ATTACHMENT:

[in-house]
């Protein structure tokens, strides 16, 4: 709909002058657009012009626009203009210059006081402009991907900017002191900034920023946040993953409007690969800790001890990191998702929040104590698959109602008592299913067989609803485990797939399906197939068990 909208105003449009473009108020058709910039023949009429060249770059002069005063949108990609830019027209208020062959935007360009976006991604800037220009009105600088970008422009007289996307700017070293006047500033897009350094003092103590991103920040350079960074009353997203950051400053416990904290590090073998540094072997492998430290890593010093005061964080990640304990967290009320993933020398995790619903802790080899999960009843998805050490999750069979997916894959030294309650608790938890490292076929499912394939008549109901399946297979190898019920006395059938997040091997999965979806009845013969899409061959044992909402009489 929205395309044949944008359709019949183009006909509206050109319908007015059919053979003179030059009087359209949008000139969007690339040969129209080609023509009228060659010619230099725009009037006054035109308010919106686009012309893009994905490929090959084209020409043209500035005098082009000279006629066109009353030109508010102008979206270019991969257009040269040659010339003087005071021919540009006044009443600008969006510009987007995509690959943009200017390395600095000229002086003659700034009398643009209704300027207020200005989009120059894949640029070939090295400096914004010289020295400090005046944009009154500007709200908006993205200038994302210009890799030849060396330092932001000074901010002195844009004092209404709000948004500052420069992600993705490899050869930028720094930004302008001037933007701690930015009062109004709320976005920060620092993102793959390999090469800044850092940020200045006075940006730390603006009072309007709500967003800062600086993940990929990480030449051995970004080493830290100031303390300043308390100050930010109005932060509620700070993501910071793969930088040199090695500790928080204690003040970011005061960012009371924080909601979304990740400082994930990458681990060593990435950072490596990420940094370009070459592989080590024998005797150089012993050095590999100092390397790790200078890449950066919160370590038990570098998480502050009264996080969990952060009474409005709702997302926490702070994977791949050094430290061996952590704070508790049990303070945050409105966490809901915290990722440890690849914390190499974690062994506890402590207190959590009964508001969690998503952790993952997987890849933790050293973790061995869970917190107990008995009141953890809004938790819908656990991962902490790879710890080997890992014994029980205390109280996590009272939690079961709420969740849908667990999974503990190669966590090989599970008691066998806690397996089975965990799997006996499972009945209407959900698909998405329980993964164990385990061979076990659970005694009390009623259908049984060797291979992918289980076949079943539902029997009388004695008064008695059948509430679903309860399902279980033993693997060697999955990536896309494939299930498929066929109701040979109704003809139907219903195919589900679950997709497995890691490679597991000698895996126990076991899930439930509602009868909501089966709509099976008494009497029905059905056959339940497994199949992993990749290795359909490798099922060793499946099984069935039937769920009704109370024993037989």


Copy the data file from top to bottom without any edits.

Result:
[in-house]
């Protein structure tokens, strides 16, 4: 709909002058657009012009626009203009210059006081402009991907900017002191900034920023946040993953409007690969800790001890990191998702929040104590698959109602008592299913067989609803485990797939399906197939068990 909208105003449009473009108020058709910039023949009429060249770059002069005063949108990609830019027209208020062959935007360009976006991604800037220009009105600088970008422009007289996307700017070293006047500033897009350094003092103590991103920040350079960074009353997203950051400053416990904290590090073998540094072997492998430290890593010093005061964080990640304990967290009320993933020398995790619903802790080899999960009843998805050490999750069979997916894959030294309650608790938890490292076929499912394939008549109901399946297979190898019920006395059938997040091997999965979806009845013969899409061959044992909402009489 929205395309044949944008359709019949183009006909509206050109319908007015059919053979003179030059009087359209949008000139969007690339040969129209080609023509009228060659010619230099725009009037006054035109308010919106686009012309893009994905490929090959084209020409043209500035005098082009000279006629066109009353030109508010102008979206270019991969257009040269040659010339003087005071021919540009006044009443600008969006510009987007995509690959943009200017390395600095000229002086003659700034009398643009209704300027207020200005989009120059894949640029070939090295400096914004010289020295400090005046944009009154500007709200908006993205200038994302210009890799030849060396330092932001000074901010002195844009004092209404709000948004500052420069992600993705490899050869930028720094930004302008001037933007701690930015009062109004709320976005920060620092993102793959390999090469800044850092940020200045006075940006730390603006009072309007709500967003800062600086993940990929990480030449051995970004080493830290100031303390300043308390100050930010109005932060509620700070993501910071793969930088040199090695500790928080204690003040970011005061960012009371924080909601979304990740400082994930990458681990060593990435950072490596990420940094370009070459592989080590024998005797150089012993050095590999100092390397790790200078890449950066919160370590038990570098998480502050009264996080969990952060009474409005709702997302926490702070994977791949050094430290061996952590704070508790049990303070945050409105966490809901915290990722440890690849914390190499974690062994506890402590207190959590009964508001969690998503952790993952997987890849933790050293973790061995869970917190107990008995009141953890809004938790819908656990991962902490790879710890080997890992014994029980205390109280996590009272939690079961709420969740849908667990999974503990190669966590090989599970008691066998806690397996089975965990799997006996499972009945209407959900698909998405329980993964164990385990061979076990659970005694009390009623259908049984060797291979992918289980076949079943539902029997009388004695008064008695059948509430679903309860399902279980033993693997060697999955990536896309494939299930498929066929109701040979109704003809139907219903195919589900679950997709497995890691490679597991000698895996126990076991899930439930509602009868909501089966709509099976008494009497029905059905056959339940497994199949992993990749290795359909490798099922060793499946099984069935039937769920009704109370024993037989």